Perl's payment curve coincides with its learning curve.
I can't see which statement should span to more lines. Perhaps the most obscure is the init() function, but this is called once to initialize the board based on hard-wired if-else and so there is no point in making it more 'verbal'. There are also some (a,b,c...)=(func1(), func2 ,func3(),...) statements which I find very handy if done carefully.

I am not much familiar with Python but I can't see how the equivalent Python code is more readable than this. Even Peter Norvig "former-Lisp-legend", now "Googley-Python-Evangelist", seems to admit there is no real improvement in program readability

Anyway, I will agree this 'competition' is just for fun (or to keep our teeth sharp!)

I can't see which statement should span to more lines

Seeing as you have

foreach(@moves) { if(my \$finalPos = inRange(\$moved_to, \$_))
and
for my \$i (0..\$N-1)  { \$board[\$i][\$_] = init(\$i,\$_) for (0..\$N-1);},
I'd say you do.

Since all "more lines" statements in Perl are conventions, you could just as well mash all into a one long line and claim yourself the winner. Regardless of anything, counting SLOC in Python have an actual meaning, since the syntax is forcing itself on your style. In Perl, every GNU-style coding is just a K&R away from 30% "improvement".

"A core tenant of the greater Perl philosophy is to trust that the developer knows enough to solve the problem" - Jay Shirley, A case for Catalyst.

Re: Knight's Tour Problem in Perl
by ggvaidya (Pilgrim) on Dec 01, 2008 at 11:23 UTC

Put it on CPAN ... then we can go back to the Slashdot article and say it's now a two-liner in Perl:

cpan -i Puzzle::KnightsTour perl -MPuzzle::KnightsTour -e 'Puzzle::KnightsTour::solve(SIZE, START_ +X, START_Y)'

(Yes, yes, I know; CPAN is for useful stuff. I'm being silly ... mostly)

Re: Knight's Tour Problem in Perl
by Limbic~Region (Chancellor) on Dec 01, 2008 at 16:34 UTC
ptoulis,
Odd. The Wikipedia entry mentions that Warnsdorff's algorithm is a heuristic solution, but doesn't mention under what circumstances it fails. The MathWorld entry for KnightsTour indicates it can fail on boards 76x76. There is a proven linear solution that is far more complicated. It would be nice to implement that solution in perl and then find a case where the Python solution fails - just cause.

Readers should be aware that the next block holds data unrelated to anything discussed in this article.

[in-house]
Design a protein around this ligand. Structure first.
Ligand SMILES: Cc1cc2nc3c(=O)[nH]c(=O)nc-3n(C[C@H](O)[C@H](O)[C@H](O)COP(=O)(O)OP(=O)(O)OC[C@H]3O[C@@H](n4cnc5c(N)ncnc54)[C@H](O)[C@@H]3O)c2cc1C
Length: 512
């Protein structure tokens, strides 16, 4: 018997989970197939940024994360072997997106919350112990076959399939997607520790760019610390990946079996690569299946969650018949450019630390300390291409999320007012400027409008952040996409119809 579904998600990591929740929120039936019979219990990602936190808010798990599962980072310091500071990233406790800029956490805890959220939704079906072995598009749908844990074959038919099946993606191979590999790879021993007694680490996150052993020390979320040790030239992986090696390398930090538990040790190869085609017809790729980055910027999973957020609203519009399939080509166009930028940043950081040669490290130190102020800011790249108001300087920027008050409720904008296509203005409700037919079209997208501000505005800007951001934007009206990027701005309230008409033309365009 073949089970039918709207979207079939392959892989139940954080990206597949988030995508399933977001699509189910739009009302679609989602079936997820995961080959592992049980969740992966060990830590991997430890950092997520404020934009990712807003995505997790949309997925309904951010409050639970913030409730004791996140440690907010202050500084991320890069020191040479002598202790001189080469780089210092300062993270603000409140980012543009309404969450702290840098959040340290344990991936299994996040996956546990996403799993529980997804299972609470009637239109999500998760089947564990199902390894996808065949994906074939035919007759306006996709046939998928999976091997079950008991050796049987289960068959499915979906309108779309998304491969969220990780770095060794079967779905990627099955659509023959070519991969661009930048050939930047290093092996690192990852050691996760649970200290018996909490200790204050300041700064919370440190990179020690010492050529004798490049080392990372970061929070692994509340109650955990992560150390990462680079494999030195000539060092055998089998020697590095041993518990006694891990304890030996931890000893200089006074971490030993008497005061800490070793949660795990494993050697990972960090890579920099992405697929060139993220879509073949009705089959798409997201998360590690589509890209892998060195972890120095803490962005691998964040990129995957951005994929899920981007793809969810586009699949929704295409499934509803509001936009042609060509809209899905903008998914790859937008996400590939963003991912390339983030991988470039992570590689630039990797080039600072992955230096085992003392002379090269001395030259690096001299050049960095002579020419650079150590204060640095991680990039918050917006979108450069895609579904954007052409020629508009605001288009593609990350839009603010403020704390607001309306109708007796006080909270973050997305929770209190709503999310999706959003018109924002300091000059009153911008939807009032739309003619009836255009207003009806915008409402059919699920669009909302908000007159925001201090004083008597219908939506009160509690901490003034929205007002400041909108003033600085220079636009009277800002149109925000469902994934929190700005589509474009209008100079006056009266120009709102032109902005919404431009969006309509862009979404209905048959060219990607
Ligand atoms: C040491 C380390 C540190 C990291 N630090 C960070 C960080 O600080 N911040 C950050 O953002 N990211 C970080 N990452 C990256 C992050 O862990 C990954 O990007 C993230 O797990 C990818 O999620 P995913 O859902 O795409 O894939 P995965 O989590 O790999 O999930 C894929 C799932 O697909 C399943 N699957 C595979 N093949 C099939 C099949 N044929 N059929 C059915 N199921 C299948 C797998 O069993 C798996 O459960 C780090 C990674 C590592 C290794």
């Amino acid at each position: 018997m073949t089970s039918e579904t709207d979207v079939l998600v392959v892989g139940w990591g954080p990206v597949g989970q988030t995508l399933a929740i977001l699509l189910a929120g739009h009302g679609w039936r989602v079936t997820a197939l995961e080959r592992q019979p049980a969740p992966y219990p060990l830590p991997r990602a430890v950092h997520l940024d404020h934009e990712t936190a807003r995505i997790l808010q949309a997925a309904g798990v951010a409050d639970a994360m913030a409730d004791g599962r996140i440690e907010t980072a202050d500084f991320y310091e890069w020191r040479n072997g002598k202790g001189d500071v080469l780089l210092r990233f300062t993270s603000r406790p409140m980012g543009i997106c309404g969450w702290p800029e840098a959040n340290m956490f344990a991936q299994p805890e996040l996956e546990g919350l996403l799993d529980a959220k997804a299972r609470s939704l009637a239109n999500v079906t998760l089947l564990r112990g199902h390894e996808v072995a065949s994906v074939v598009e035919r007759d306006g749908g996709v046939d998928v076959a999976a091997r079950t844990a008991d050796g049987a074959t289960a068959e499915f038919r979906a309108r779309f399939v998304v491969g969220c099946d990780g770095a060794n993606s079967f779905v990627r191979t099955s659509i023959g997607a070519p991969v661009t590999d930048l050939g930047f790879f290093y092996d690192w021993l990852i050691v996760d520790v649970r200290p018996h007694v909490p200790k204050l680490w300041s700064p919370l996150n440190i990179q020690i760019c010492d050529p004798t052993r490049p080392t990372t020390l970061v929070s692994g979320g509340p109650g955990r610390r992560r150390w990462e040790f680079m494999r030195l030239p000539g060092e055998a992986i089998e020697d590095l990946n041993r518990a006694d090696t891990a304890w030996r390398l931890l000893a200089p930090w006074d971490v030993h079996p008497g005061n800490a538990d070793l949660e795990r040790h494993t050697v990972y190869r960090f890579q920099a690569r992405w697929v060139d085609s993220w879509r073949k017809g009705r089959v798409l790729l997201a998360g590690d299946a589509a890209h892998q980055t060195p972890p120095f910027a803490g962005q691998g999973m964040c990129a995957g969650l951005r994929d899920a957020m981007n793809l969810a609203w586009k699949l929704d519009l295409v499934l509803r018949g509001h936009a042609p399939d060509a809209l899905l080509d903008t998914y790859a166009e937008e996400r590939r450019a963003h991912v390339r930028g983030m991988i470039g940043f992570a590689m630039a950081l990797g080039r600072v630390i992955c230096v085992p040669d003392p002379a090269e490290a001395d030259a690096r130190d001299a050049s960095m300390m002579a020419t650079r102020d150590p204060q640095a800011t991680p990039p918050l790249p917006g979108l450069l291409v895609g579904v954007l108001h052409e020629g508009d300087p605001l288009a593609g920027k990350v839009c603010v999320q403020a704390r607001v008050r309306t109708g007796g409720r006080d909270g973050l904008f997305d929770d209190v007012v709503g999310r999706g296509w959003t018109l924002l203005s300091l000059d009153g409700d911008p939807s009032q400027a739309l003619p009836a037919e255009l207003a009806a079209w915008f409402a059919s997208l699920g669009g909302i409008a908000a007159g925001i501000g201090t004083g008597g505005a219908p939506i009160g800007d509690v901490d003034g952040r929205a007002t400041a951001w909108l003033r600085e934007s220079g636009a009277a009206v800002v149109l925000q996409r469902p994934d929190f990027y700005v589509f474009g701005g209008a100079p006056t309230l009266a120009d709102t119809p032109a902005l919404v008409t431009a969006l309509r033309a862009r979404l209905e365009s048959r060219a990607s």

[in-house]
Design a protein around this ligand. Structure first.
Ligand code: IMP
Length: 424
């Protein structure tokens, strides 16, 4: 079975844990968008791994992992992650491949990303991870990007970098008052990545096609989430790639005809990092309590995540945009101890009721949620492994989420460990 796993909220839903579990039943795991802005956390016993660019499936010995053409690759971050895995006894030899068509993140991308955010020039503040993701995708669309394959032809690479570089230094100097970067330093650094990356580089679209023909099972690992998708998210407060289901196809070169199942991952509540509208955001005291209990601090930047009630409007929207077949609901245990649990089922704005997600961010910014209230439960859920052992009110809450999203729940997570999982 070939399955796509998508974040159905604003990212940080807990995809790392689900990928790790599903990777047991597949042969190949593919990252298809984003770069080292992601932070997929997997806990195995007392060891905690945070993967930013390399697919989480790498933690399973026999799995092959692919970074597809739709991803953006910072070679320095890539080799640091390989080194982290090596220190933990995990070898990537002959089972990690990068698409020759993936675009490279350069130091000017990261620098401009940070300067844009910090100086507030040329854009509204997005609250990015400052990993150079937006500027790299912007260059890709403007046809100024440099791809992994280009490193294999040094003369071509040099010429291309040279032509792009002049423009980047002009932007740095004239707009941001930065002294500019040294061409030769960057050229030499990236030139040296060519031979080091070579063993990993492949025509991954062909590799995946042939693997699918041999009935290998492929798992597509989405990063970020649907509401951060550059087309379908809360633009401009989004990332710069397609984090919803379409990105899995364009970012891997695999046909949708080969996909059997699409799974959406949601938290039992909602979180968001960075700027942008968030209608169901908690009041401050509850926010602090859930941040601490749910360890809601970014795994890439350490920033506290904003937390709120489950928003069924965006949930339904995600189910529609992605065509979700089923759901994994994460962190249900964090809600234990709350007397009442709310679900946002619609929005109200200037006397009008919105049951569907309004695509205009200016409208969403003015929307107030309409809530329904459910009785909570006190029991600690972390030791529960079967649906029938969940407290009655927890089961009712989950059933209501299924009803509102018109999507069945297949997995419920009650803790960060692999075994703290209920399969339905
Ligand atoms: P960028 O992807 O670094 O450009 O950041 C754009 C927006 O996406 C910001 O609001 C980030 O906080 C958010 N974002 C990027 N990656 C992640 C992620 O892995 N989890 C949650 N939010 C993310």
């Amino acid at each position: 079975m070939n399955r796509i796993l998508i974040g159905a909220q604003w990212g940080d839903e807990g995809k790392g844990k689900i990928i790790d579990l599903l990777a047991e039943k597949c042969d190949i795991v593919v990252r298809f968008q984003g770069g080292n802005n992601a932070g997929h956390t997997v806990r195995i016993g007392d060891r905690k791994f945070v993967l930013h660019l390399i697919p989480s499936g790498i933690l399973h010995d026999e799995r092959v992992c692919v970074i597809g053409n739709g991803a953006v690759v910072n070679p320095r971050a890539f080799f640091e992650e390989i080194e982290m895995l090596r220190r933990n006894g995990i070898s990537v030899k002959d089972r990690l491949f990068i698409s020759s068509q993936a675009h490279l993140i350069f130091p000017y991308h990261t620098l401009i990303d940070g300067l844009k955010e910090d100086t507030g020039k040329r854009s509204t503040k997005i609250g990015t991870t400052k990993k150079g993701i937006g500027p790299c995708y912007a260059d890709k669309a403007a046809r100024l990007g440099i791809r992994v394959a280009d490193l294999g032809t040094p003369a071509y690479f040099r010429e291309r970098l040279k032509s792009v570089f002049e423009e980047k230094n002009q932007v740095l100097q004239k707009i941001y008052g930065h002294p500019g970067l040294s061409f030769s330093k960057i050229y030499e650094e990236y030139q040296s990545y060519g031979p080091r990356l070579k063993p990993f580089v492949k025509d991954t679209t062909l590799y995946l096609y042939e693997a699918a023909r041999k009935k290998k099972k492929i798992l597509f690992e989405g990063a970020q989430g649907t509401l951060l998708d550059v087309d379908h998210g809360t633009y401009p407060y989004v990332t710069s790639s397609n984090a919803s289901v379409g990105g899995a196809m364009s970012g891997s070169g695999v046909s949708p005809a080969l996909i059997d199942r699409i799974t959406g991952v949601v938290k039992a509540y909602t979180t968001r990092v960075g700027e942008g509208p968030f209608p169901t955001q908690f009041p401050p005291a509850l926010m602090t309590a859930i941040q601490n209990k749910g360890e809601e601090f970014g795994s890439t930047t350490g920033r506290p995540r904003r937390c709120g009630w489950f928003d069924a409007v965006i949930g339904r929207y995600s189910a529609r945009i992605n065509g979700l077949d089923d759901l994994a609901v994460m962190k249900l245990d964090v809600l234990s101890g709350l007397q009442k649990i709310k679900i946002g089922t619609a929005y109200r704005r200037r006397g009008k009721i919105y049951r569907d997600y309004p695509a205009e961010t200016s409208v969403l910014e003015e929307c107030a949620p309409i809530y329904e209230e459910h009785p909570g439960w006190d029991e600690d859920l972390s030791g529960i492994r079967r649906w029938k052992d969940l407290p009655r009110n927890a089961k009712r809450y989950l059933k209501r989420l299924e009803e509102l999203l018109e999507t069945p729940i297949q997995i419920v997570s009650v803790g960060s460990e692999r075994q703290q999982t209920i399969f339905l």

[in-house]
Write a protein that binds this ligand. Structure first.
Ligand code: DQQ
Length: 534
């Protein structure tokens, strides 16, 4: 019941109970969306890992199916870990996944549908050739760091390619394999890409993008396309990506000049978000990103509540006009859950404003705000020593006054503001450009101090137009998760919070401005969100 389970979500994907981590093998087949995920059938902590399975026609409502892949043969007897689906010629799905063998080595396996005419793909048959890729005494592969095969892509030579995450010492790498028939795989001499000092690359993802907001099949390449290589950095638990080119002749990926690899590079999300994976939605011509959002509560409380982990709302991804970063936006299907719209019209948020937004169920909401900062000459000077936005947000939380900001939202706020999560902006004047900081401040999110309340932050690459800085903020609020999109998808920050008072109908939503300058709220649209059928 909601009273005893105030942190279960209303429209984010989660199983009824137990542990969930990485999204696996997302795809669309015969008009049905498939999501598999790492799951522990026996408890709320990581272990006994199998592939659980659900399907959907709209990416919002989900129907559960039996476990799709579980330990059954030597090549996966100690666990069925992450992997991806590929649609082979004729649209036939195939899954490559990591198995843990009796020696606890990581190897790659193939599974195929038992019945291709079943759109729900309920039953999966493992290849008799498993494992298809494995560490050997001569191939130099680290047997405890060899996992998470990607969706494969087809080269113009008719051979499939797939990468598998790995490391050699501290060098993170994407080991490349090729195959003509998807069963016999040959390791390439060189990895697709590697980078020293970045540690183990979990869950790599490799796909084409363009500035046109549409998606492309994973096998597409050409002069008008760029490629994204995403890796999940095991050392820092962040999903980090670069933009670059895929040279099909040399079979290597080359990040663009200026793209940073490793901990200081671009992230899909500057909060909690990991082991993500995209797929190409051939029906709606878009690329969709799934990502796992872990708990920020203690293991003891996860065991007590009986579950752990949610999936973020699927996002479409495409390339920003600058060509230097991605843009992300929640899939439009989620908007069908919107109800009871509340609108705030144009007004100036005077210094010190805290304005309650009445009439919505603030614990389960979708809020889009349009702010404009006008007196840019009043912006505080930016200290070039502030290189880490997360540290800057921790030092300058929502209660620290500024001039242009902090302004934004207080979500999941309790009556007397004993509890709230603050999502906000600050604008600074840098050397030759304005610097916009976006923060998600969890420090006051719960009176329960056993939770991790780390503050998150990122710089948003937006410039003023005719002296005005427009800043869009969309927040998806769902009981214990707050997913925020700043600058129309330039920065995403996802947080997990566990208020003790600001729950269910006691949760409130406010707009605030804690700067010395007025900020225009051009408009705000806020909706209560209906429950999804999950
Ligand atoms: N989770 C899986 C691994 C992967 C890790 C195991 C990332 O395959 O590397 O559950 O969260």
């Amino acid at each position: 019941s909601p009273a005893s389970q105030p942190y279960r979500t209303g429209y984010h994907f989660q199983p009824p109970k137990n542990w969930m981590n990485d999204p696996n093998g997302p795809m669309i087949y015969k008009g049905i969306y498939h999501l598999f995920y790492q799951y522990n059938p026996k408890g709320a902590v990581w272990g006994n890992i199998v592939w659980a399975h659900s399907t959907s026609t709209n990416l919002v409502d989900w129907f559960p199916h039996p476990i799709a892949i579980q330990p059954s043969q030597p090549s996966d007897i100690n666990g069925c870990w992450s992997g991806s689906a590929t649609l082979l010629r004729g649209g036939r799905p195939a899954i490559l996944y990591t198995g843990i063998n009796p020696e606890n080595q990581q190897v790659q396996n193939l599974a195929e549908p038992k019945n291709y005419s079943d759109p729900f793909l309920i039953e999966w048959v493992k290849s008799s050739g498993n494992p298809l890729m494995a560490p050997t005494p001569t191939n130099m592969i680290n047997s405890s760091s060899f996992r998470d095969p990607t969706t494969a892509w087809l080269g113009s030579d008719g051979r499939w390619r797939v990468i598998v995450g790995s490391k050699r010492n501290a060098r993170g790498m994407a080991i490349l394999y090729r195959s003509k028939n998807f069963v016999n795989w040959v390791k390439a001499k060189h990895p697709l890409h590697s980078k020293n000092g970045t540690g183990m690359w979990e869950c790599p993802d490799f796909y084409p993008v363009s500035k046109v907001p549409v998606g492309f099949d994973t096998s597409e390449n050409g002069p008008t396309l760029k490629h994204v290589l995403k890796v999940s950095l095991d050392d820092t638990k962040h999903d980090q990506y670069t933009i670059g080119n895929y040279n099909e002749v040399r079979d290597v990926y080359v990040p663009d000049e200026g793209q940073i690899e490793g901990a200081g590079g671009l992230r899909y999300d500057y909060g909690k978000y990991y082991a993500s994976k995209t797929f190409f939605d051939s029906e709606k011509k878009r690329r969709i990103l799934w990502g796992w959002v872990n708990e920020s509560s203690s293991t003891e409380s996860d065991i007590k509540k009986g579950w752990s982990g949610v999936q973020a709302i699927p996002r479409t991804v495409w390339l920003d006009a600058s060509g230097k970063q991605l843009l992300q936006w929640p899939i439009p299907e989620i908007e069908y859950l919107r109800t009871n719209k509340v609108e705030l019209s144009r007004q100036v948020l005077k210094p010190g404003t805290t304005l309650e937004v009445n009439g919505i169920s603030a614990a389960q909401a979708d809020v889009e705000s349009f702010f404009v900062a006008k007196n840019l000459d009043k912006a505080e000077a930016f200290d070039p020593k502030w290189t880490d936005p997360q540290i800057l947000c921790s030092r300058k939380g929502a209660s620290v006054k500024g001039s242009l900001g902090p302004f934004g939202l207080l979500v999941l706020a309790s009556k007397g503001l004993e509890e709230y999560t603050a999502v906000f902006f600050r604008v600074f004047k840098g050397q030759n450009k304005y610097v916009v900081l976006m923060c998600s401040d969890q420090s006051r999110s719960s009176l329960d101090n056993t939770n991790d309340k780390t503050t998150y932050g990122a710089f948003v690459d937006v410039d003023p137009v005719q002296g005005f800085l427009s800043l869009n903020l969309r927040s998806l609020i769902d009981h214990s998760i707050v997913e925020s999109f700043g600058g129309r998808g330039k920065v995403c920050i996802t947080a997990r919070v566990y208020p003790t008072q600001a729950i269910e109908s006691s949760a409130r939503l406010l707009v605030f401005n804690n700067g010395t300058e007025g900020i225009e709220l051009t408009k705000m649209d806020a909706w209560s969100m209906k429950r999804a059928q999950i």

Cheers - L~R

Re: Knight's Tour Problem in Perl
by gone2015 (Deacon) on Dec 01, 2008 at 19:17 UTC

I don't know what the rules of this game are, but the code below (31 lines) appears to work...

It ran 100x100, from (0,0) to (97, 92) in 0.33secs on my machine, where the OP code did the same in 0.87. Of course I have cheated and removed all the subroutines and changed the way the edges of the board are detected :-)

use strict ; use warnings ; use Time::HiRes qw(clock_gettime CLOCK_PROCESS_CPUTIME_ID) ; my \$t0 = clock_gettime(CLOCK_PROCESS_CPUTIME_ID) ; my (\$N, \$x0, \$y0, \$VERBOSE) = @ARGV ; if ((@ARGV < 4) || (\$N < 4) || (\$x0 >= \$N) || (\$y0 >= \$N)) { die "Use: SIZE [4..] START_X [0..SIZE-1] START_Y [0..SIZE-1] [0,1]\n +" ; } ; my @moves = ([-2,-1], [-1,-2], [-2 ,1],[-1 ,2], [2 ,-1], [1, -2],[2, 1 +],[1, 2]) ; my @board = ( [(2, 3, (4) x (\$N-4), 3, 2, 0, 0)], [(3, 4, (6) x (\$N-4) +, 4, 3, 0, 0)], map( { [(4, 6, (8) x (\$N-4), 6, 4, 0, 0)] } (1..\$N-4) ), [(3, 4, (6) x (\$N-4), 4, 3, 0, 0)], [(2, 3, (4) x (\$N-4) +, 3, 2, 0, 0)], [(0) x (\$N+2)], [(0) x (\$N+2)] ) ; for my \$move (1..(\$N * \$N) - 1) { my (\$MIN, \$x, \$y) = (10, undef, undef) ; foreach (@moves) { my \$vr = \\$board[\$x0 + \$_->[0]][\$y0 + \$_->[1]] ; next if (\$\$vr == 0) || (--\$\$vr >= \$MIN) ; (\$MIN, \$x, \$y) = (\$\$vr, \$x0 + \$_->[0], \$y0 + \$_->[1]) ; } ; die "Stuck at (\$x0, \$y0) at move \$move\n" unless defined(\$x) ; print "\$move: (\$x0, \$y0) -> (\$x, \$y)\n" if \$VERBOSE ; (\$board[\$x0][\$y0], \$x0, \$y0) = (0, \$x, \$y) ; } ; print "Ended at (\$x0, \$y0) in ", clock_gettime(CLOCK_PROCESS_CPUTIME_I +D) - \$t0, "\n" ;
Putting zeroes on the edges plus an OR short-circuit instead of repetitive function calls and BOOM, a huge performance boost. Absolutely brilliant oshalla!
I wouldn't call anything you did "cheating". The post from the Python programmer was meant to show off his prowess as a programmer and the power of his favorite language. You're just highlighting your prowess as a programmer and the power of Perl. I'd say it's a fair match.